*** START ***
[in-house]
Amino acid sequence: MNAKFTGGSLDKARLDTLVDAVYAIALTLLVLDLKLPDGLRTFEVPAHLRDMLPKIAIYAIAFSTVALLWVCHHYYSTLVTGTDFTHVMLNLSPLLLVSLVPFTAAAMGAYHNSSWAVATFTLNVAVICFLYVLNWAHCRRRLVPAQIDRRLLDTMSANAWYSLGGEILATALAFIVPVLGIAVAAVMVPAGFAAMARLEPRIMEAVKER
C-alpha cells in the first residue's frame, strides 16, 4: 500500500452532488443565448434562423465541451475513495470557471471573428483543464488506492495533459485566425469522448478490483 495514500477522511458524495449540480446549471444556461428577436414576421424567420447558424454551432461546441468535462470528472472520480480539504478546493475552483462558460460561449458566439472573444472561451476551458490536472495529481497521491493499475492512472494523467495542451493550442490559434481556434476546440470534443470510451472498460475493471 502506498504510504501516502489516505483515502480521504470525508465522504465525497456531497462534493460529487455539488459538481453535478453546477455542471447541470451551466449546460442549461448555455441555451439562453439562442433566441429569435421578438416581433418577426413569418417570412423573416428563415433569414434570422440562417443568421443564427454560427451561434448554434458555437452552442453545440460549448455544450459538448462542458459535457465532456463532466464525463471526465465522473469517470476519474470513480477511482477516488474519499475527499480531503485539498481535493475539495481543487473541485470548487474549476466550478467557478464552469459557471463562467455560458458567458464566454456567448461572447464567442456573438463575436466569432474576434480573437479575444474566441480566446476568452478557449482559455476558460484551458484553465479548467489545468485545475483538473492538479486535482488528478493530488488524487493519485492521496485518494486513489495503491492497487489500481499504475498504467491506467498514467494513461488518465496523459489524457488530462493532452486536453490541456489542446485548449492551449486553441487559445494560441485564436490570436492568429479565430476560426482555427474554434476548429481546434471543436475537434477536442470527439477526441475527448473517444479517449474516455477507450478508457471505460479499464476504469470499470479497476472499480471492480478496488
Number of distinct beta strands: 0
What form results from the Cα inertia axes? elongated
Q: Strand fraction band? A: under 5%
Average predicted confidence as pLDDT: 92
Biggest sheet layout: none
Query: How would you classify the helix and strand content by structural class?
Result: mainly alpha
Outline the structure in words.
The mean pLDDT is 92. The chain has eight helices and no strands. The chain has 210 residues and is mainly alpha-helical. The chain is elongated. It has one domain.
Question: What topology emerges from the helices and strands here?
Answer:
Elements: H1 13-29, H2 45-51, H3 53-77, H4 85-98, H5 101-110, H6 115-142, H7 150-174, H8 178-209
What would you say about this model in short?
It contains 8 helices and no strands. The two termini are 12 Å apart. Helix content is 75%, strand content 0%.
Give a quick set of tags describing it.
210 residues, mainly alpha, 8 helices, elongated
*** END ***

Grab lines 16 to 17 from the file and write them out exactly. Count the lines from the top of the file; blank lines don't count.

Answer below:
What would you say about this model in short?
It contains 8 helices and no strands. The two termini are 12 Å apart. Helix content is 75%, strand content 0%.